Figure 6 Kaplan–Meier overall survival curves for comparing CCRT vs RT in validation set stratified by “low risk” (A) and “high risk” (B).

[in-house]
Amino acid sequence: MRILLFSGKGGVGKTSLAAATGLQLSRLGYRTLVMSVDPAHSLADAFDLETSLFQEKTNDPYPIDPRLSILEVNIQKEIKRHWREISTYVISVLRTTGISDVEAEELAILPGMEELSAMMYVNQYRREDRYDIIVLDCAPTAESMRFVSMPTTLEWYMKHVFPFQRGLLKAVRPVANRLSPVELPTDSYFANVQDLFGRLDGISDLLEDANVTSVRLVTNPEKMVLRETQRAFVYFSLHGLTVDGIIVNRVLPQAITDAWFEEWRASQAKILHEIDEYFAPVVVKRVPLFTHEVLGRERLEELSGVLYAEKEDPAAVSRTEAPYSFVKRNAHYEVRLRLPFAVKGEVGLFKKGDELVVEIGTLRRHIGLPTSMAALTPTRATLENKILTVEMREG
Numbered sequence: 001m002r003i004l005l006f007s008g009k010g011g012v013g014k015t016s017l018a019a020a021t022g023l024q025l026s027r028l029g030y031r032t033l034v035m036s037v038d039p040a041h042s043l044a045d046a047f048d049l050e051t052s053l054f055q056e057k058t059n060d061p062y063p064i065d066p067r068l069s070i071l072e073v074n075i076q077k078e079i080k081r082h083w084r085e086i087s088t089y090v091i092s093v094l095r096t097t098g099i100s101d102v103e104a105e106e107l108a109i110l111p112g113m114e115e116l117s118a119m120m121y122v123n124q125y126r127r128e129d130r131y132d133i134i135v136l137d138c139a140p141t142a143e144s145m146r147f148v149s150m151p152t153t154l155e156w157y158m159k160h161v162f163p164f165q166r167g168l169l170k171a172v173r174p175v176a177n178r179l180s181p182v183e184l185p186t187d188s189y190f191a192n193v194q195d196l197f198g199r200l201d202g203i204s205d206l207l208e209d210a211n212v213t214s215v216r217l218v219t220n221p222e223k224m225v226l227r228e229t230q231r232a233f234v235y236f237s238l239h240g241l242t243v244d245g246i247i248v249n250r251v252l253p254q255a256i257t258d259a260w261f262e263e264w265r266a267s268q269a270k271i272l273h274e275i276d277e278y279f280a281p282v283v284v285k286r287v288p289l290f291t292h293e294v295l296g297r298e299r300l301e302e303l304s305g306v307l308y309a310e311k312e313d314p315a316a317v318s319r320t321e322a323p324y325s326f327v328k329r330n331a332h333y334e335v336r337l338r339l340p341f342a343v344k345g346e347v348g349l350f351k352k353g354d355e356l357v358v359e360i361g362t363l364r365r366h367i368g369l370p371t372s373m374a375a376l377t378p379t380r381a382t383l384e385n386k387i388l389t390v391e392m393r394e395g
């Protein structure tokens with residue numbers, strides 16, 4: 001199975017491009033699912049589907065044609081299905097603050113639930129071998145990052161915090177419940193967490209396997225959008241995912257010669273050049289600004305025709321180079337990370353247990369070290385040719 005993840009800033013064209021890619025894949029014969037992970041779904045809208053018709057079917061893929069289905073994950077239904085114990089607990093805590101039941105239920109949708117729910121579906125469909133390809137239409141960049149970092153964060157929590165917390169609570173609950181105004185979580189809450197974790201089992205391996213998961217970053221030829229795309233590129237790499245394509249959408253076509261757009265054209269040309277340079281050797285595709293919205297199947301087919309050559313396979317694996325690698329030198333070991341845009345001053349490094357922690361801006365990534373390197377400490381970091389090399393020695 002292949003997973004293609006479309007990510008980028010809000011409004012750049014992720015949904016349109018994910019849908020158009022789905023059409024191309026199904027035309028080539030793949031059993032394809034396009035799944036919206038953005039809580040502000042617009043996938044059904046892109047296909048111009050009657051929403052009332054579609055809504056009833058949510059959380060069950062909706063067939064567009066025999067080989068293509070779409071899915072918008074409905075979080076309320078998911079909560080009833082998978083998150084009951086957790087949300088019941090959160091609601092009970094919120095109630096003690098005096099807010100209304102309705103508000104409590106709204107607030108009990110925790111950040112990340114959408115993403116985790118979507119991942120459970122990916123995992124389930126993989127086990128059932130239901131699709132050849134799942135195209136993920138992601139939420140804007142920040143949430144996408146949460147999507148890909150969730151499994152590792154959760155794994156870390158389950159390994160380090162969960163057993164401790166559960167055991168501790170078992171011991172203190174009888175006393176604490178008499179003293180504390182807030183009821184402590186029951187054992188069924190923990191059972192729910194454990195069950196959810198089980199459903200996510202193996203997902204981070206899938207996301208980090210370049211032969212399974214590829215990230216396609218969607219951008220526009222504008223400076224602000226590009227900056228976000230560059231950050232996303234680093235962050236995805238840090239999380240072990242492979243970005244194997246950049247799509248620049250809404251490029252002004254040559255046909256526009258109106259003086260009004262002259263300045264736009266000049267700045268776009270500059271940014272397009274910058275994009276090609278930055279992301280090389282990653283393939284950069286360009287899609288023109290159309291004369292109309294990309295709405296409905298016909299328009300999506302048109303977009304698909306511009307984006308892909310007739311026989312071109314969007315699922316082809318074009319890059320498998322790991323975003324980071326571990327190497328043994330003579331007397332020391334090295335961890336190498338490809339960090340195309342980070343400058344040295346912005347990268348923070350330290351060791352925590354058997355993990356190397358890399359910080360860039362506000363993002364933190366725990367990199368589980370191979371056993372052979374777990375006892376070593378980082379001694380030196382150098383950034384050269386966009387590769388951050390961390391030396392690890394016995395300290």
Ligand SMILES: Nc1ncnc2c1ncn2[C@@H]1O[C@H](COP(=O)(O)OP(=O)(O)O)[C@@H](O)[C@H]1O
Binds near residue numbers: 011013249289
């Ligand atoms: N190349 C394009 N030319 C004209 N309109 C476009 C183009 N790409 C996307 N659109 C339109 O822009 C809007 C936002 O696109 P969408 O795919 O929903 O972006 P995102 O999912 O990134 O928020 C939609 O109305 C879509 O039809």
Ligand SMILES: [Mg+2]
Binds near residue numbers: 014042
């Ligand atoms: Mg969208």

RT remains the cornerstone of management of early stage and locoregionally advanced disease. However, systemic chemotherapy has been shown to improve survival in patients with advanced disease significantly.5,12,13 Whether patients with stage-II disease should also receive chemotherapy is controversial. Lee and colleagues showed that the prevalence of local relapse, regional relapse, and distant metastasis was 17%, 3% and 28%, respectively, in stage-II NPC patients treated with RT alone.14 The primary pattern of failure was distant metastasis and local relapse, which was due mostly to the involvement of cervical lymph nodes. T1–2/N1 patients may need CCRT. To a certain extent, this therapeutic controversy may have been contributed by the stage migration of patients due to the discrepancies between various staging systems, as well as changes in N-staging classifications by the AJCC in their updates, especially with the recent changes in the 8th staging system (where there were large differences in the criteria for T and N stages). Thus, we restaged patients according to the newest AJCC staging system. The related prognostic factors (including therapeutic regimen) were analyzed and validated further externally by a nomogram. We explored the true role of CCRT for early stage NPC in the IMRT era.